Researchers have once again warned that climate change is likely to mean a hungrier world with less food on the table: by 2050, global crop yield could have fallen by 10 percent. And by the century’s end − and with a much larger burden of human population − farmers might be producing 25 percent less than they do now.

The calculations come just a few weeks after a separate team of scientists predicted that uncontrolled global heating driven by continued profligate use of fossil fuels might change the global climate in ways that could cut harvests by as much as a third.

Food is not separable from climate change: modern agriculture and the global appetite for animal products is both a major contributor to ever-greater greenhouse gas emissions and, in very different ways, a potential answer to some of those challenges.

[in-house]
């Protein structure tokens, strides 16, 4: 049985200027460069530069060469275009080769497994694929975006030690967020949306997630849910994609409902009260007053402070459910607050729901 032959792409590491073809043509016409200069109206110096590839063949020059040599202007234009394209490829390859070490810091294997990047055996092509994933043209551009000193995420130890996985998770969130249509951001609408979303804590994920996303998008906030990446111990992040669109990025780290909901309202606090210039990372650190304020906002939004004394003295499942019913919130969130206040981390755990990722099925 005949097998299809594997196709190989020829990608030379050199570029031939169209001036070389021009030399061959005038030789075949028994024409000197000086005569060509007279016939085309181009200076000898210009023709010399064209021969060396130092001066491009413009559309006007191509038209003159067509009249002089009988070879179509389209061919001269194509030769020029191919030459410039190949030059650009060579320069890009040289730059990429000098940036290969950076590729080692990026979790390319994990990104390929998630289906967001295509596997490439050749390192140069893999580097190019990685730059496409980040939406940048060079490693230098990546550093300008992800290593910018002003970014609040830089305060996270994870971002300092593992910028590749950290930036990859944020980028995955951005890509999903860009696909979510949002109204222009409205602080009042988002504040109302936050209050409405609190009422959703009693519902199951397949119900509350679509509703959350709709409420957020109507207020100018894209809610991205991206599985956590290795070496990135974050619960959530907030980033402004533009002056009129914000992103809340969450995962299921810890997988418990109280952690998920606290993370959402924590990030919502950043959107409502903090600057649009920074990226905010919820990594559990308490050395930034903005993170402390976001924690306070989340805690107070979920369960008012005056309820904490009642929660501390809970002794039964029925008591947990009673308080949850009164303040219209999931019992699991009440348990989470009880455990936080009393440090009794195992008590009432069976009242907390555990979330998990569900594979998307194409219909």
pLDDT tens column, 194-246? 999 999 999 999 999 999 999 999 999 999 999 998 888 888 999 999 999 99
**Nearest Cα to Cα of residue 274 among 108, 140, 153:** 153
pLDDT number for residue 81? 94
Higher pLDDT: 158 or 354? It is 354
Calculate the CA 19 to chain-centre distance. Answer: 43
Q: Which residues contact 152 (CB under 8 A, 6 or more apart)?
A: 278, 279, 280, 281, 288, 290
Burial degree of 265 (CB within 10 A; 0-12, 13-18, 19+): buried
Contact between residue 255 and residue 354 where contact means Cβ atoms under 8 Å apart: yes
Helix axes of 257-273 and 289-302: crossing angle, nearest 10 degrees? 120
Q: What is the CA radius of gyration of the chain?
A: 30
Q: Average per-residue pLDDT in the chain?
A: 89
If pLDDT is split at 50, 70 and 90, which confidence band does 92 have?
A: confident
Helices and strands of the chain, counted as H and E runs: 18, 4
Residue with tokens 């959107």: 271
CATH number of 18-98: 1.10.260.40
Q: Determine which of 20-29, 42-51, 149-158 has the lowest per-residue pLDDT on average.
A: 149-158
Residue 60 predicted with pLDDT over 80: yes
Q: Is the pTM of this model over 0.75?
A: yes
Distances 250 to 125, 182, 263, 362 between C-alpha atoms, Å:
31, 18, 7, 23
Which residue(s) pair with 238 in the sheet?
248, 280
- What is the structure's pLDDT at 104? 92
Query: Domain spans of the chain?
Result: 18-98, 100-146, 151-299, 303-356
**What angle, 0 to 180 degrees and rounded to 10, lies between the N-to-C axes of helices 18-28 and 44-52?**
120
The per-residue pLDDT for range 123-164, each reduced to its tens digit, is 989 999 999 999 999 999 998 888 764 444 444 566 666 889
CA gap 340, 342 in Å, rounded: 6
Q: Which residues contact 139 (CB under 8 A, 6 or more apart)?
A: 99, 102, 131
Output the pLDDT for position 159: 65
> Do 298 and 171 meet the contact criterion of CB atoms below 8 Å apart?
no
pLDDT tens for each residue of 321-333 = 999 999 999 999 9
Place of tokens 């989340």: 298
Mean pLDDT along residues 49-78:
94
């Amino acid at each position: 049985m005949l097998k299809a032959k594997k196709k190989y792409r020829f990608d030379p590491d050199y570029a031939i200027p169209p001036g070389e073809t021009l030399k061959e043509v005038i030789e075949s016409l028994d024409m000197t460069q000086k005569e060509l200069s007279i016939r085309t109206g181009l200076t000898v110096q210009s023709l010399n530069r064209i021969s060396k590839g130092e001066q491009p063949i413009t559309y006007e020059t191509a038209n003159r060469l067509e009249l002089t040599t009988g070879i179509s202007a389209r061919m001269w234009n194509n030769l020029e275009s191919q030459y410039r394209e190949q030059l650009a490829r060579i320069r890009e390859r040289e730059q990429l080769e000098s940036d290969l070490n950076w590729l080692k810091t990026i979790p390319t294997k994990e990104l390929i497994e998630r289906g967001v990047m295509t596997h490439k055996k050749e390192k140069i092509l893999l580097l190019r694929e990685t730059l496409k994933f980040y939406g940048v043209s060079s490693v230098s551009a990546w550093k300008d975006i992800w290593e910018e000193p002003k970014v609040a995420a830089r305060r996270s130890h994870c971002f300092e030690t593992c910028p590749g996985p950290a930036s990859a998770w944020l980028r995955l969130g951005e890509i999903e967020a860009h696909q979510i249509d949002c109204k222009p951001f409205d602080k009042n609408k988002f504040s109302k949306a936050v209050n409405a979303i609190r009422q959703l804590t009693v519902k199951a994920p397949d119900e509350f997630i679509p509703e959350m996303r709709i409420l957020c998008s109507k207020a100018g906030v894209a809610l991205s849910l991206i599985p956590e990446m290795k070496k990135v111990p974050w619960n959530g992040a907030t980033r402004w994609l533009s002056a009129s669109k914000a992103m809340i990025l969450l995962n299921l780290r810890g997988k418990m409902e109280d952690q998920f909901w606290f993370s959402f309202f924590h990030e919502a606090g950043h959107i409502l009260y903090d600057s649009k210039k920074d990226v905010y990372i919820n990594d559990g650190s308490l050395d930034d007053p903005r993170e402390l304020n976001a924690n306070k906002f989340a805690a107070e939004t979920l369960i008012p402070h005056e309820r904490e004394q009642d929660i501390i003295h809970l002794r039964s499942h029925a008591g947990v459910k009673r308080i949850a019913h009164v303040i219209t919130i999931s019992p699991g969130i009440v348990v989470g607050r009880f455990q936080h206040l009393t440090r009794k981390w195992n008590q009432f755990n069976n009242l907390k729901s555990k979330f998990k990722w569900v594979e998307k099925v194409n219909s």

Demand for food for ever-greater numbers of increasingly wealthier people has driven the destruction of forests, savannahs and wetlands that nurse life’s variety, underwrite the planet’s economy, and buffer nations against climate change.

But researchers have also found, again and again, that with a different mindset and a shift of global appetite, it might be possible to feed 10 billion people and preserve the planet’s biodiversity.

That is based on an assumption that climate change fuelled by greenhouse gas emissions doesn’t change the nature of farming. And, increasingly, researchers believe that it will.

Read the full article about climate change and hunger by Tim Radford at Eco-Business.